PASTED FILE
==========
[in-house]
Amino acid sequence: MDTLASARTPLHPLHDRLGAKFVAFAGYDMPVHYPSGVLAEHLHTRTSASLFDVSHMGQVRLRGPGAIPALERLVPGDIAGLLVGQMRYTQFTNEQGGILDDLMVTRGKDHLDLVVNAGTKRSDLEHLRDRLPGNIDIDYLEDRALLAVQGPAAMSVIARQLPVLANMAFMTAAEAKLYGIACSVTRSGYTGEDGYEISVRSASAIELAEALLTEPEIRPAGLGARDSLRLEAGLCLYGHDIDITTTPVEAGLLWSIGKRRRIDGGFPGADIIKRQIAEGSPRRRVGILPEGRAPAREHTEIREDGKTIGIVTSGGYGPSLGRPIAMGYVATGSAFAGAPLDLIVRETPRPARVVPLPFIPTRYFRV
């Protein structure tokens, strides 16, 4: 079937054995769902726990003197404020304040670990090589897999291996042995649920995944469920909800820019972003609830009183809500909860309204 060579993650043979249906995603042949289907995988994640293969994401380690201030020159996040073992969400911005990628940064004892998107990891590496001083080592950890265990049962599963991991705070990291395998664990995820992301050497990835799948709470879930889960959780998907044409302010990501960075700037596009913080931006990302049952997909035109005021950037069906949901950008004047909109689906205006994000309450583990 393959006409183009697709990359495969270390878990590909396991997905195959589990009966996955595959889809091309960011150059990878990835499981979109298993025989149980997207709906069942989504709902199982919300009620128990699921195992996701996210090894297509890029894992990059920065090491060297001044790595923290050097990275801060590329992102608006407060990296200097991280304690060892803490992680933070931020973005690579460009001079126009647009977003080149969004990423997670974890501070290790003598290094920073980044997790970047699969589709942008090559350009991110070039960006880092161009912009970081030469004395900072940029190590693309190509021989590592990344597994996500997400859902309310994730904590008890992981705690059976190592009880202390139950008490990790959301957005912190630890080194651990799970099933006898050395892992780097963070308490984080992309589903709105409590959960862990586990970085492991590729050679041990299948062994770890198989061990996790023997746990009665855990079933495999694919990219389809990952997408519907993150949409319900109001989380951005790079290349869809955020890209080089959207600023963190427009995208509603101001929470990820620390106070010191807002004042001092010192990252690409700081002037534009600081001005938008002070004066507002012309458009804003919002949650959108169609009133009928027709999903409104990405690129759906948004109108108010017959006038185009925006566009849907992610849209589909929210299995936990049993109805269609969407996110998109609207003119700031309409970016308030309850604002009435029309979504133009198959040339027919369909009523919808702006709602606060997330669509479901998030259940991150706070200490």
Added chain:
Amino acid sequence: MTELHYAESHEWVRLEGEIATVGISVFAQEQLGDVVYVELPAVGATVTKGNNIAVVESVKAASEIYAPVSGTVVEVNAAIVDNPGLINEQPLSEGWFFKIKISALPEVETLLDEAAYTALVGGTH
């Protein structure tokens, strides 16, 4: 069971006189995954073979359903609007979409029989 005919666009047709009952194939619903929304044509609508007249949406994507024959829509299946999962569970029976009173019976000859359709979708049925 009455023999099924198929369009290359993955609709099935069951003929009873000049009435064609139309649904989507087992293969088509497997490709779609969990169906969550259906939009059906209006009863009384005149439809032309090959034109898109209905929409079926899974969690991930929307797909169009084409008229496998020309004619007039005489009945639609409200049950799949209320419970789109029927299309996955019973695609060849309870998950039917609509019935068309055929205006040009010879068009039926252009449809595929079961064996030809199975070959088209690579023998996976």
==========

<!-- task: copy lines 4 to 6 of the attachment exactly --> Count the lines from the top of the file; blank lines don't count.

Added chain:
Amino acid sequence: MTELHYAESHEWVRLEGEIATVGISVFAQEQLGDVVYVELPAVGATVTKGNNIAVVESVKAASEIYAPVSGTVVEVNAAIVDNPGLINEQPLSEGWFFKIKISALPEVETLLDEAAYTALVGGTH
């Protein structure tokens, strides 16, 4: 069971006189995954073979359903609007979409029989 005919666009047709009952194939619903929304044509609508007249949406994507024959829509299946999962569970029976009173019976000859359709979708049925 009455023999099924198929369009290359993955609709099935069951003929009873000049009435064609139309649904989507087992293969088509497997490709779609969990169906969550259906939009059906209006009863009384005149439809032309090959034109898109209905929409079926899974969690991930929307797909169009084409008229496998020309004619007039005489009945639609409200049950799949209320419970789109029927299309996955019973695609060849309870998950039917609509019935068309055929205006040009010879068009039926252009449809595929079961064996030809199975070959088209690579023998996976």